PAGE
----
There’s an awful lot going on despite the overriding story being fairly straightforward, but having an anime series with multiple large scale battles replete with knights, wizards, wyverns and all manner of other beasties is an absolute delight to see. For the most part it also maintains a credible level of visual fidelity, keeping Amira and co. lusciously detailed while piling on the effects. Twenty story high golems clobber enemies with Jeanne d’Arc leaping into battle wielding an oversized spear, fireballs raining around her. It’s a aesthetic riot and handled supremely well by post-Madhouse studio MAPPA with extensive use of CG that oscillates from “pretty good for anime” through to “our rendering farm melted so here’s something we cobbled together”.
It is surprising to see such lush visuals given that the series has no light novel or manga source and thus, no existing barometer for fan interest. What’s even more surprising is that it eschews standard anime practice by not merchandising itself into oblivion: no opening or ending singles and the home video release touts a very generous three episodes per instalment. The only conclusion then is the Rage of Bahamut mobile card collecting game (CCG) source must be doing very well for itself to fund this kind of lavish outlay.
With most anime relying on hyper-intensive marketing just to break even, it’s heartening to see such an entertaining series birthed from a different revenue source, especially so because freemium mobile games are renowned for being little more than cynical cash grabs. It’s a situation that shouldn’t have worked, but did. Just like the series opening that I initially scoffed at, resigning it to the same thrash metal bin of Maximum the Hormone’s Death Note offerings, yet found myself listening to it on repeat not two weeks later. Just like Favaro and Kaisar’s relationship that should be grating but ends up being touching without the spectre of brotastic fist bumps.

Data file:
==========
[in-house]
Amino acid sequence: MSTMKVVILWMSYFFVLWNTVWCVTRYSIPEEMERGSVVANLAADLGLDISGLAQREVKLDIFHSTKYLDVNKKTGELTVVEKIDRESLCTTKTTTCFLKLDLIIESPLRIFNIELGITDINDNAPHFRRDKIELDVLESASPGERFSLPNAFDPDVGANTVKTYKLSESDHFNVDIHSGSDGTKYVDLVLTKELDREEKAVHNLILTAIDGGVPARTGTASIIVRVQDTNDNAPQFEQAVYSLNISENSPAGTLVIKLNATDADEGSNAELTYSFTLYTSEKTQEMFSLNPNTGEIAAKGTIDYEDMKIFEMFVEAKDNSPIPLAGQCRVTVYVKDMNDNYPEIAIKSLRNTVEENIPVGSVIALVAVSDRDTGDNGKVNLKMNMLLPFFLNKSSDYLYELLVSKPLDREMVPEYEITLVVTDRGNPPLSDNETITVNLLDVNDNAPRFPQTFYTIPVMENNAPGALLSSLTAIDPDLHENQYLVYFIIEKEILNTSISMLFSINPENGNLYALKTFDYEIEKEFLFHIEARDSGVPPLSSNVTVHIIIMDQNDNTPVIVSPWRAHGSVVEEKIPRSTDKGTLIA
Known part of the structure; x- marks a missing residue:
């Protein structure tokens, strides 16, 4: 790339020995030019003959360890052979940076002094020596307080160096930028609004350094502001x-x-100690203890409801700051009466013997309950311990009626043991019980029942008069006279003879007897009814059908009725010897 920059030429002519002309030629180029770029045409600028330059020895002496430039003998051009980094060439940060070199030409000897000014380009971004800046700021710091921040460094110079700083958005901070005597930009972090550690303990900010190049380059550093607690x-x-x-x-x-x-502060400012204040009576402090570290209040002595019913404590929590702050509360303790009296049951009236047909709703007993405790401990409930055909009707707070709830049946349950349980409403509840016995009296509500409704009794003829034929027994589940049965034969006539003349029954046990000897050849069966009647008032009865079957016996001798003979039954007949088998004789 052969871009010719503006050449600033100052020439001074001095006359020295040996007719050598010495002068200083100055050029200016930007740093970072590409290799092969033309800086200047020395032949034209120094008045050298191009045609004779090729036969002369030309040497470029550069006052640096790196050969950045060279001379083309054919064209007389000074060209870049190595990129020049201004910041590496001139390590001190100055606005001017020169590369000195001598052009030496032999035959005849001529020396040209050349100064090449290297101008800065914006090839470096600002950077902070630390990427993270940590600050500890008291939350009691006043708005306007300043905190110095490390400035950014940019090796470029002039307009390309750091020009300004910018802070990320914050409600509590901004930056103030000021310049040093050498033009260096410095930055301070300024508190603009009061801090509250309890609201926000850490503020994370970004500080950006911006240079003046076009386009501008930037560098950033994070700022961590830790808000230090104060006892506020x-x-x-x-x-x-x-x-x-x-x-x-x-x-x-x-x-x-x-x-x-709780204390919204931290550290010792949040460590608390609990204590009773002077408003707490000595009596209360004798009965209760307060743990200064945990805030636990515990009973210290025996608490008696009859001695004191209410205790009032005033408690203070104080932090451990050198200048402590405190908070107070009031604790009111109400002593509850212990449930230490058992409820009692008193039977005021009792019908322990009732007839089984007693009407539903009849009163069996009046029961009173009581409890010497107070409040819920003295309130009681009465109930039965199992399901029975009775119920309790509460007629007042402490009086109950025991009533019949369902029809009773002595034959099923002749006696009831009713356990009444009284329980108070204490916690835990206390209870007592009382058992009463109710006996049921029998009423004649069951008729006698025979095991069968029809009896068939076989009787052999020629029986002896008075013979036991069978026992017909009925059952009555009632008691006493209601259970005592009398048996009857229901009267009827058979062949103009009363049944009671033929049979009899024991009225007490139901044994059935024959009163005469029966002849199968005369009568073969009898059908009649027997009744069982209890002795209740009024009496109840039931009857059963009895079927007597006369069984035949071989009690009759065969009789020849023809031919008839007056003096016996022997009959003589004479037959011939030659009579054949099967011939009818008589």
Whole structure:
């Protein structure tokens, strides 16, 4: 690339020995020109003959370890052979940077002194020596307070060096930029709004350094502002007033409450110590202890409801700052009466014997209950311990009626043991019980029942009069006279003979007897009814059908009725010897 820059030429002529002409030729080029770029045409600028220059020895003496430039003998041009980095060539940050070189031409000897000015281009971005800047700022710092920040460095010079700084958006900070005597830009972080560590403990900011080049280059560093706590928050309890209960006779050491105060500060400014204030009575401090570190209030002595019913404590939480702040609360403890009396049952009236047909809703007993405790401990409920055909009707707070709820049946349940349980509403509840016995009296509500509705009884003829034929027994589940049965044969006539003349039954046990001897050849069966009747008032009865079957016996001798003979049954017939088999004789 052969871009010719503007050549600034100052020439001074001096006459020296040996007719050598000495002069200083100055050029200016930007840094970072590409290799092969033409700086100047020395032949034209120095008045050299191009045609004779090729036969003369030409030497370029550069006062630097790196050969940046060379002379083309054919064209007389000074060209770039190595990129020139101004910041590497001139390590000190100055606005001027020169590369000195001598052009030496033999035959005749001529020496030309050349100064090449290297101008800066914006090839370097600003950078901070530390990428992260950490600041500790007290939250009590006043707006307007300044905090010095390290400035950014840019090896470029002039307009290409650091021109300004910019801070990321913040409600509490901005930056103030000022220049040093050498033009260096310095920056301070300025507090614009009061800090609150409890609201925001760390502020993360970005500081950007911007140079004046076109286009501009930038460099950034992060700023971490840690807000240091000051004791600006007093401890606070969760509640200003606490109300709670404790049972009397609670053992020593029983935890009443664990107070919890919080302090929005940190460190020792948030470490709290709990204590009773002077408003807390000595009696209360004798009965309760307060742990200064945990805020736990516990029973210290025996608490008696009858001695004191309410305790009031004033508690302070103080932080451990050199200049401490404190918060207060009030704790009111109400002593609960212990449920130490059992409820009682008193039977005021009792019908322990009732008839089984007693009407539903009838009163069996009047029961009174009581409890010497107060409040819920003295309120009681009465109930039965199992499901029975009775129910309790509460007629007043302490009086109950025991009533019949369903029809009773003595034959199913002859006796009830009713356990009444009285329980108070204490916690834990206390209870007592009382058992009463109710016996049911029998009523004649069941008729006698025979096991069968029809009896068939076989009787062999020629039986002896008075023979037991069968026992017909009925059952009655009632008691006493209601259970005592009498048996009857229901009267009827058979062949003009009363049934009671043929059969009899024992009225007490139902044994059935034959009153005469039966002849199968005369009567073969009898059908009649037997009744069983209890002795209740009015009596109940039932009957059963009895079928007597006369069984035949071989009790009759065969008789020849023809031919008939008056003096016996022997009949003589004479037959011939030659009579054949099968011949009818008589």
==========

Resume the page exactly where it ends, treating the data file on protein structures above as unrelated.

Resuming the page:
Not everything is roses though. The world the characters inhabit may be varied and interesting with great plains of floating mountains or dark forests wreathed in mist but it lacks integrity; we are told that Favaro and Amira are heading towards Helheim but with no clue as to whether it is a physical place or squirreled away amongst the heaven/hell/extradimensional hokum that the series dabbles in. And there’s not enough Jeanne d’Arc. Although there could arguably never be enough of her leading noble armies against betentacled demon hordes...
Regardless, Shingeki no Bahamut: Genesis remains a silly but enjoyable series. A lot of that is probably down to Tiger and Bunny director Keiichi Satou corralling so many disparate ideas into a coherent, if not totally cohesive whole. Yes it sometimes cleaves a little close to the mediocre Karas for which he previously served as director, but by and large joy rather than po-faced seriousness wins out. Given the subtitle “Genesis” and the end title card’s “I’ll be back!”, there is obviously the desire to continue this franchise; as it stands though the series ended exactly where it needed without belabouring the idea of a pissed-off dragon indiscriminately destroying everything. Like a typical D&D campaign then, the series muddled through accruing a handful of hilarious, stand-out moments as well as some shaky missteps along the way.